Plumas County declares need for homeless services
Dennis Thibeault, executive director of the Plumas Crisis Intervention and Resource Center, told the Plumas County Community Development Commission at a mid-May meeting that when it came to the number of homeless people in Plumas County, "The numbers that we are talking about are literally in the hundreds."
CDC Executive Director David Keller told the commission, made up of the county supervisors and an at-large member from the public, Thibeault was asking them to certify that there was a need for services to help homeless people in the county.
Keller said this would help the resource center, a non-profit, get a grant to continue to fund those kinds of services.
He added that the resource center was the lead agency in addressing homelessness in Plumas, Lassen and Sierra counties.
Thibeault explained his agency was applying for two federal "emergency shelter" grants, one for transitional housing and one for homelessness prevention. He added that these grants were competitive, meaning a few other agencies throughout the state were vying for them.
He went on to say, "The transitional housing grant is the grant that we have been using to support our project in the downtown trailer park."
Thibeault said the resource center had been renting nine units for the past two years, housing people and providing them with case management "with the end being to get them securely on their feet so they can be self-supporting. That has worked out very very well."
Case management basically means the agency's assistance is accompanied by incentives for the users to take various steps to improve their circumstances.
Thibeault later explained, "Self-sufficiency can be work or permanent disability if it warrants it, if the client has a mental impairment or has a physical impairment that limits work."
On the homeless prevention grant, Thibeault contended, "Most people are just a couple paychecks away from being homeless."
"Homeless prevention provides funding for people to keep that from happening when the unexpected happens."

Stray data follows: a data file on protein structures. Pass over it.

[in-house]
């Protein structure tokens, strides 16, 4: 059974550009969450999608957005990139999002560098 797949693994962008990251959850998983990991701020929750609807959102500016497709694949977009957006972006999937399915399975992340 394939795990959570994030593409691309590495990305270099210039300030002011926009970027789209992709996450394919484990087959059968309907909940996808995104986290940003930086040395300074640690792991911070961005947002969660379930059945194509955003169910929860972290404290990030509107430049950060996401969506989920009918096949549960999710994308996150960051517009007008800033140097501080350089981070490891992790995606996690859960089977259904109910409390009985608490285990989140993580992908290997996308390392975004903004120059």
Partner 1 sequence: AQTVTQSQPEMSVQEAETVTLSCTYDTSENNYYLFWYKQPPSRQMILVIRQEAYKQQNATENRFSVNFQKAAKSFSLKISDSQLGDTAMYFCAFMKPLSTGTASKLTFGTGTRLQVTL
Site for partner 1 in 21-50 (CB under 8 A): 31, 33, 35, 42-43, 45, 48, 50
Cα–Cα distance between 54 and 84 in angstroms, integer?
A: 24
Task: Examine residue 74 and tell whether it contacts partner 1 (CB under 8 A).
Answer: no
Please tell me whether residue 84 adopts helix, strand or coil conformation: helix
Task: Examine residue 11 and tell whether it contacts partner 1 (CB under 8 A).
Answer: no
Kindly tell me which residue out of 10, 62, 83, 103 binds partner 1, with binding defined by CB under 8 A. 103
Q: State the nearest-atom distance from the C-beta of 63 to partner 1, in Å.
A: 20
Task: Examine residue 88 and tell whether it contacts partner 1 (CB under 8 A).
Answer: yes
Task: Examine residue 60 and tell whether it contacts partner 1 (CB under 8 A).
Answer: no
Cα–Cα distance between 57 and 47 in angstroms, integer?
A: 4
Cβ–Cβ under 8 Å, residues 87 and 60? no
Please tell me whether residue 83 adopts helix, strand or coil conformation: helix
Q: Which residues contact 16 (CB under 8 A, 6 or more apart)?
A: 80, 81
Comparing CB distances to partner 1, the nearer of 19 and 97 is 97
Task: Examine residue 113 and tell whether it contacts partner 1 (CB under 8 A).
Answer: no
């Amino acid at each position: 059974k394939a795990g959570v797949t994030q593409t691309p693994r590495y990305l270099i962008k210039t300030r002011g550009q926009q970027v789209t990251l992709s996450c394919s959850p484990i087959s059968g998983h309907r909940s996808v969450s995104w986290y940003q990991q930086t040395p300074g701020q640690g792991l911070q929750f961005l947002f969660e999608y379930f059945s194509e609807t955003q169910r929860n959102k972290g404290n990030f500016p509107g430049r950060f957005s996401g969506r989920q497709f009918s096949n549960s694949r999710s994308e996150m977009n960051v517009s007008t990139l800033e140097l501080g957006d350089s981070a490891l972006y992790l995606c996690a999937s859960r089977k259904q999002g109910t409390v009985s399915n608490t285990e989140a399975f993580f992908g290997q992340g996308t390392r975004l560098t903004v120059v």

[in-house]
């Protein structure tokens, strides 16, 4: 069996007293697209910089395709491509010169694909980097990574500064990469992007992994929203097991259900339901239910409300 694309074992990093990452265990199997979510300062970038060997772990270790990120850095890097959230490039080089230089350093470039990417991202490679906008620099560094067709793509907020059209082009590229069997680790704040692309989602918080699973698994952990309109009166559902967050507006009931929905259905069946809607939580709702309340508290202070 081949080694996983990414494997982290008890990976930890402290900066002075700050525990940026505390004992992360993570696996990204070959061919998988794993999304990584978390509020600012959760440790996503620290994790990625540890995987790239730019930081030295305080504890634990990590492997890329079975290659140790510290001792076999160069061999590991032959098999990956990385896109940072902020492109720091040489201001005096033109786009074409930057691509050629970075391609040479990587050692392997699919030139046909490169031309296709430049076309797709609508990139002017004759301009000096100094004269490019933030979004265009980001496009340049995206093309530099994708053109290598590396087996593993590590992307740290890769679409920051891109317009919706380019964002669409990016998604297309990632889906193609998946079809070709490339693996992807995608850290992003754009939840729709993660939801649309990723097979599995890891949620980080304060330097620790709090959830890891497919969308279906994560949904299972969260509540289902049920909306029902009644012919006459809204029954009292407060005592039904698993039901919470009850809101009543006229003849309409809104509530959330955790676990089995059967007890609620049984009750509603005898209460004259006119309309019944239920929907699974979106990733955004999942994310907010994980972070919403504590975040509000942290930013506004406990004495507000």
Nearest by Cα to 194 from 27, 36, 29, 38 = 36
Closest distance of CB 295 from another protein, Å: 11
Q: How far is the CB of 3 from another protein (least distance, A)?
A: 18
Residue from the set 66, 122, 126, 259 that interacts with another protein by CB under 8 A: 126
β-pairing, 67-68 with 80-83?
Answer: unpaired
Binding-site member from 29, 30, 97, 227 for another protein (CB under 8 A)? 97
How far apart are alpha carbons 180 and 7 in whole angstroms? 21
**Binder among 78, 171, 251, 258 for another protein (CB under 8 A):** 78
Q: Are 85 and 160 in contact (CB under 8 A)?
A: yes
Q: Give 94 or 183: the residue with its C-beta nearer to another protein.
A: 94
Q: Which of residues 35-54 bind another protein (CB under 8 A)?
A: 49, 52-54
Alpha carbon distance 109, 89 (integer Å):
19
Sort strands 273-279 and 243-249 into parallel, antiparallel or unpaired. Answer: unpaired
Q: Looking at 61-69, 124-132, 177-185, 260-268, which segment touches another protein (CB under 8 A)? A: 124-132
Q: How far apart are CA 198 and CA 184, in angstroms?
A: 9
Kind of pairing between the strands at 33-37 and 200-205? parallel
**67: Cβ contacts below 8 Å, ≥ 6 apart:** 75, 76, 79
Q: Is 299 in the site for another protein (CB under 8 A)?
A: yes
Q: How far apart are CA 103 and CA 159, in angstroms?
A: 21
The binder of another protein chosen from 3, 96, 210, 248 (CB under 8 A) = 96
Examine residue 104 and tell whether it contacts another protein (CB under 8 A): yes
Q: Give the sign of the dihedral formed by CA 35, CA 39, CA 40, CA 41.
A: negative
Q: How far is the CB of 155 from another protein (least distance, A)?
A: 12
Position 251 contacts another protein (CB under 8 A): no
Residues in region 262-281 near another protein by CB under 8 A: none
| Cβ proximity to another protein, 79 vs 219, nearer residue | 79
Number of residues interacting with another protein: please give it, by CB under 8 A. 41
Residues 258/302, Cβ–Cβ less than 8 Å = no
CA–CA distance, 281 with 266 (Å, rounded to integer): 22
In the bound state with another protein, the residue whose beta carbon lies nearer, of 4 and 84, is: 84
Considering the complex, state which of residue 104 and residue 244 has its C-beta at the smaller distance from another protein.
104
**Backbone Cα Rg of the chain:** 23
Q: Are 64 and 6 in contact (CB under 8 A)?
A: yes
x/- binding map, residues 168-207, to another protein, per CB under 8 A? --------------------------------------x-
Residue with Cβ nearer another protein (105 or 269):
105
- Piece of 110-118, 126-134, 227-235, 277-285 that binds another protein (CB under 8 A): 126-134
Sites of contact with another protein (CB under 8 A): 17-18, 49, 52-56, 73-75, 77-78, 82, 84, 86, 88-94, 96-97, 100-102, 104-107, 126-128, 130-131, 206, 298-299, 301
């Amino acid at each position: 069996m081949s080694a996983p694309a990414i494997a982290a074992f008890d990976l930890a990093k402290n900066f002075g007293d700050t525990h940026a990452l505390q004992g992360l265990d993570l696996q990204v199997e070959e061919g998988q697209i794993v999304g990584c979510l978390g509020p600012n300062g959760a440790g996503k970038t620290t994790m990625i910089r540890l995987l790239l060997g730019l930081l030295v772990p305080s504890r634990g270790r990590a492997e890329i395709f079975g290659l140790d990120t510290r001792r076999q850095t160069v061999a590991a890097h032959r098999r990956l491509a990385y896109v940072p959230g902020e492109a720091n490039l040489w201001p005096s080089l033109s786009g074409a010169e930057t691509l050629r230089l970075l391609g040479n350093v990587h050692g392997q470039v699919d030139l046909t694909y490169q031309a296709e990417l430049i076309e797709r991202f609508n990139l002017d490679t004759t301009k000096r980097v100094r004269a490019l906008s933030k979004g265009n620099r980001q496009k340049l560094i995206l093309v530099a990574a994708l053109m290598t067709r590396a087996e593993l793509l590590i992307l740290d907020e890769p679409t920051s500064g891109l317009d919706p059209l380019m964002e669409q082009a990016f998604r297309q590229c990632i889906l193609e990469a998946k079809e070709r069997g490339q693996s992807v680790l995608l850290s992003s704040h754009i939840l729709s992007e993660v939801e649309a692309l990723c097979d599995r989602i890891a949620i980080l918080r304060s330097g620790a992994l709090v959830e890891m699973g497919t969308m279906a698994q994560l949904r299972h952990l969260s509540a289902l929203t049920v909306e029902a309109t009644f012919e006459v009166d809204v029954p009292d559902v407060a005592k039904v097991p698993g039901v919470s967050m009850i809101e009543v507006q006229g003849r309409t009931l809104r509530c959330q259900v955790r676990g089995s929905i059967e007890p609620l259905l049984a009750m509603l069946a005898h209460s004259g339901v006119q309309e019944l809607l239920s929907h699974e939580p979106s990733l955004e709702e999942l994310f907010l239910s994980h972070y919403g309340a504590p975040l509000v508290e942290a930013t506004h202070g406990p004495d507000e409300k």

He proposed a scenario where "in the middle of winter when somebody gets hit with a $400 heating bill and the car breaks down at the same time and something else happens, they find out they can't pay their bills."
Thibeault explained the grant could be used to pay one month's utility bill for people in that situation or to pay rent on a home they're currently in or even a deposit for moving into a different home if they were evicted.
He said this type of grant was also used to buy bus passes for people in need, adding that Plumas Transit recently reported that the resource center bought more than 5,000 bus passes for clients last year.
The resource center director also told the board, "Plumas County's homeless problem is not very visible."
"I think the stereotype of homeless people are people who are sleeping in doorways or establishing tent cities outside of Sacramento, that kind of stuff. That's not the face of homelessness in rural counties."
He said rural homeless people were less socially isolated than those in the cities, often ending up staying with friends or family or sleeping in cars.
He said Plumas County homeless included all kinds of people, even though most residents could probably only identify "one town character."
He listed some examples of homeless in Plumas County: "People who are suffering from drug and alcohol addiction or trying to recover from that, as well as mental health problems, a number of veterans who have post traumatic stress disorder, who live out in the forests."
"Half of the people that we house in our transitional housing units are enrolled at FRC (Feather River College), as retraining."
"Right now, money for college is about the only assistance available to a lot of these folks as far as income goes."
Thibeault then addressed some of the negative ways that homelessness could impact people with homes.